In extreme cases, when marital relations have preceded the legal union, the mistake has been regretted for years afterward. It has often made the husband mistrust his wife. It has sometimes made the prospective husband abandon the girl for whom he has lost respect, because she has yielded to him. It has often made a man feel after marriage that his wife is lacking in control, and that her loyalty could not be depended upon. We should remember, however, that it is the in-tense love between man and woman that constitutes the real marriage tie, and that every intimate relation of sex under normal conditions should strengthen this tie. If a woman loves a man with all the intensity of a strong nature, he should not condemn her throughout years of married life simply because she may have been unable to resist the temptations that come with too free love-making previous to marriage. The man is often much more to blame under such circumstances than the woman, and if there is any conventional tendency to applaud the man who breaks an engagement when his fiancee allows too much freedom it should be most emphatically condemned.
When a man comes to a woman representing that he loves her with all the intensity and ardor of his nature, when he offers to give her everything, should she be blamed if she takes him at his word, believes him to be honest and trusts him accordingly? This is an old, old story. Many lives have been blasted through mistakes of this character. When a man's ardor cools and his respect for a, girl who makes a mistake of this sort disappears, he has not honestly and unselfishly loved her in the first instance. He is not a real man in the true sense.
There can be no doubt that the explanation of why girls first go wrong is usually to be found in this "playing with fire." Too much "spooning," involving continued kissing and close personal contact, is dangerous. Furthermore, the blind force of physical attraction may cause one to make a mistake in the choice of a wife, inasmuch as one is, under such circumstances, insensible to the mental, social and temperamental qualities of the other. If the association were largely mental and companionable, he would better understand her character and her suitability as a wife. But when the association is intimately personal, with too much physical contact, the passions thus aroused may lead him into a marriage that neither of the two would consider or desire under conditions of cold and sober judgment.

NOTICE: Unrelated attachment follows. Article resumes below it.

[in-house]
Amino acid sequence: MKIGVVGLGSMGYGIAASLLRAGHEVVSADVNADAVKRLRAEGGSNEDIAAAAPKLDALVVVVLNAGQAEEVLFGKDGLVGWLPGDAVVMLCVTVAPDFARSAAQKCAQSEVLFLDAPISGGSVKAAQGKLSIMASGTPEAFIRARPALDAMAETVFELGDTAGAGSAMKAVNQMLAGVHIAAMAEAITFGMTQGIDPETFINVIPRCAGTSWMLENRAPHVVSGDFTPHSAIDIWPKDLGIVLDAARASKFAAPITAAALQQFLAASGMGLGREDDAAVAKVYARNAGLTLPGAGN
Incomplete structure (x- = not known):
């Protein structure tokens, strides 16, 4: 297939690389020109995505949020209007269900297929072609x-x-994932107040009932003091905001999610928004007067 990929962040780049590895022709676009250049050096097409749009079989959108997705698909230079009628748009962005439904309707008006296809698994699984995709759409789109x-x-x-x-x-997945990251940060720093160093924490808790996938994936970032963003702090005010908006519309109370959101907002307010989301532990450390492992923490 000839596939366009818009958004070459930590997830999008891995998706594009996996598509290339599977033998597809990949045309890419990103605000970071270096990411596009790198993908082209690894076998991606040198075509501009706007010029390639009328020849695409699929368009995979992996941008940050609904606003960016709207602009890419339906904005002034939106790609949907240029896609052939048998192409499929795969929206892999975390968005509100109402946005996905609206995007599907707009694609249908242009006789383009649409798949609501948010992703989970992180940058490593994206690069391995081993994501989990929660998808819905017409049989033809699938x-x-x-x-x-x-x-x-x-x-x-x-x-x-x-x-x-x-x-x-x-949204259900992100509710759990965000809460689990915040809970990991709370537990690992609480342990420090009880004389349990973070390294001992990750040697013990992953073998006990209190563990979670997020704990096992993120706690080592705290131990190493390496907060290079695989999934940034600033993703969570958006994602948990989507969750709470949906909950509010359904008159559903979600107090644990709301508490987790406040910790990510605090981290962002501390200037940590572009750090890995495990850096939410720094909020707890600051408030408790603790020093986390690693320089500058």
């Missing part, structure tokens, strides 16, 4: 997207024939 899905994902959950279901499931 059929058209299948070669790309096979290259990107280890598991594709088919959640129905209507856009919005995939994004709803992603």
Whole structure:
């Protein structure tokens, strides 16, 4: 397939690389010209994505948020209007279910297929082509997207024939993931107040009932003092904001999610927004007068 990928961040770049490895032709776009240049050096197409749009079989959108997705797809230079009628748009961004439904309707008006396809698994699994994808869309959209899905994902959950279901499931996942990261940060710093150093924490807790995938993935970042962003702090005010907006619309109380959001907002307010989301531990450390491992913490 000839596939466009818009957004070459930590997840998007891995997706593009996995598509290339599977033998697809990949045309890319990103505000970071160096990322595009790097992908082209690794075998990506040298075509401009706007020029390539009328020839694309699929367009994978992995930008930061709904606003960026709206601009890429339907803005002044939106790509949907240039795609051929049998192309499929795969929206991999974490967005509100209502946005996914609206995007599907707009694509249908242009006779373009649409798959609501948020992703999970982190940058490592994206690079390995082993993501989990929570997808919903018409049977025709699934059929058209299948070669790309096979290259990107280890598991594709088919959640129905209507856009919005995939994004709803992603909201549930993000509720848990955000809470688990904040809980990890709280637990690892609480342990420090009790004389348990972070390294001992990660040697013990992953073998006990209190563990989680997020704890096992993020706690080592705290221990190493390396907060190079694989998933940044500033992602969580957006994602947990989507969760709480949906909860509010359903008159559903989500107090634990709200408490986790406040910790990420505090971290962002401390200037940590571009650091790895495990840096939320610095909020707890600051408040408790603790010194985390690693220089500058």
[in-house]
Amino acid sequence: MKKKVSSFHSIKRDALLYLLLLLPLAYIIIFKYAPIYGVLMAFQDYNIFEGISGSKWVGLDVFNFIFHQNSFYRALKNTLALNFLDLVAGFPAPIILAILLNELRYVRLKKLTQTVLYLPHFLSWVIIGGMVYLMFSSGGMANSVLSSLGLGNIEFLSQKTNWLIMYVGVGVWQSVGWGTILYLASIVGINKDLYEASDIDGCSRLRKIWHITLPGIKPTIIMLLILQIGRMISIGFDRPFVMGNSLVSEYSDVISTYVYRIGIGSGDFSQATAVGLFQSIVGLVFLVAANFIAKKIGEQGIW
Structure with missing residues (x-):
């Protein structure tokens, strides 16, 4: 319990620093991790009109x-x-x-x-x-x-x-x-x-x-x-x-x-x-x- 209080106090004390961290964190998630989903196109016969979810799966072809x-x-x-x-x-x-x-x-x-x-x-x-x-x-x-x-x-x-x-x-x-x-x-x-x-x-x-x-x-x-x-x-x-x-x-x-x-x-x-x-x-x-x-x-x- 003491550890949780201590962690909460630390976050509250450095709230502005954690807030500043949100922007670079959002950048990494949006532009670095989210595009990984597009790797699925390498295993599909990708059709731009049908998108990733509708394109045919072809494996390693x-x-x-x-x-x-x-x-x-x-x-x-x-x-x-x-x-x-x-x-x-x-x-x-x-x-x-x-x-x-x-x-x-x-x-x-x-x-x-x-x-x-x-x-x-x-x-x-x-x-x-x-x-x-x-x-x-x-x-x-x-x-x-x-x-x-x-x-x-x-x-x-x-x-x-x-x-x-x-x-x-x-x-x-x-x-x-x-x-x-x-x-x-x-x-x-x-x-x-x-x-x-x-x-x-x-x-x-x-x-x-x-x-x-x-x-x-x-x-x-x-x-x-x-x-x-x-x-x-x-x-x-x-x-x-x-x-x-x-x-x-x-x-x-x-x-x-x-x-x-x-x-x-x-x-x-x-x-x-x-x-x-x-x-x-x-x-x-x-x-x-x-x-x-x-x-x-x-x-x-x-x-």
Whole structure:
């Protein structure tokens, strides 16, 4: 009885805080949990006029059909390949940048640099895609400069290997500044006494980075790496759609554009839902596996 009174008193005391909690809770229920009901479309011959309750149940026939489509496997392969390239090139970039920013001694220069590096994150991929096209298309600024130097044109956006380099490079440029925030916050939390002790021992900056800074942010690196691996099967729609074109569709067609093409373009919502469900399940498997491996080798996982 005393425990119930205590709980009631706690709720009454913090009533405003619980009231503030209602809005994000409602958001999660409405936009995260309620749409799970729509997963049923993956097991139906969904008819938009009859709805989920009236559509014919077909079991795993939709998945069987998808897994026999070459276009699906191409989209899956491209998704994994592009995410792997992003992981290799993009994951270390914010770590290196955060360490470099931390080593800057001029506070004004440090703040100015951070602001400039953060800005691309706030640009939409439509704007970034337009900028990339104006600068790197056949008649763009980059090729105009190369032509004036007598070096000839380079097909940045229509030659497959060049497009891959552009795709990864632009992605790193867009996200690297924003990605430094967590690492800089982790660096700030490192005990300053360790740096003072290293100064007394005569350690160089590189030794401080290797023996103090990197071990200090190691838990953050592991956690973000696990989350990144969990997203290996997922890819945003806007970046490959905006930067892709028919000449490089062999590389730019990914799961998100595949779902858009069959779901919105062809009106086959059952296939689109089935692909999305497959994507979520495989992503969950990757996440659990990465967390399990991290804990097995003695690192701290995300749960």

There is no reason why lovers should not be permitted a "good-night" kiss, and there is no occasion for frigidity of attitude or too much distance, but on the other hand to permit long periods of embracing is dangerous. A policy of "hands off" would mean better health and perhaps added respect each for the other.
But aside from such, considerations, the physiological results of too ardent love-making in the way of bodily harm are of special importance. Not only will the misguided young people suffer from the injury to the emotions due to unsatisfied sexual excitement, but they will have to contend with the weakening effect, of the congestion and inflammation of the organs concerned when passion has been aroused and then left ungratified. The results are serious in many instances. As for the young man, varicocele and more or less inflammation of the prostate gland naturally follow the congestion of the parts due to this practice. When extending over a period of months or years, it would tend to produce impotence or other sexual weaknesses. To the young woman, might come the congestion of the parts which would occasionally produce leucorrhea, possibly prolapses of the organs and often a train of other evils associated with the weaknesses of women. And do not forget that the emotion-strain involved in awakening passion when it cannot be satisfied is a powerful factor in many cases in bringing on neurasthenia. Bodily contact and intimate personal associations of this character, when carried too far, must be classified as among the most weakening of all sexual errors or abuses.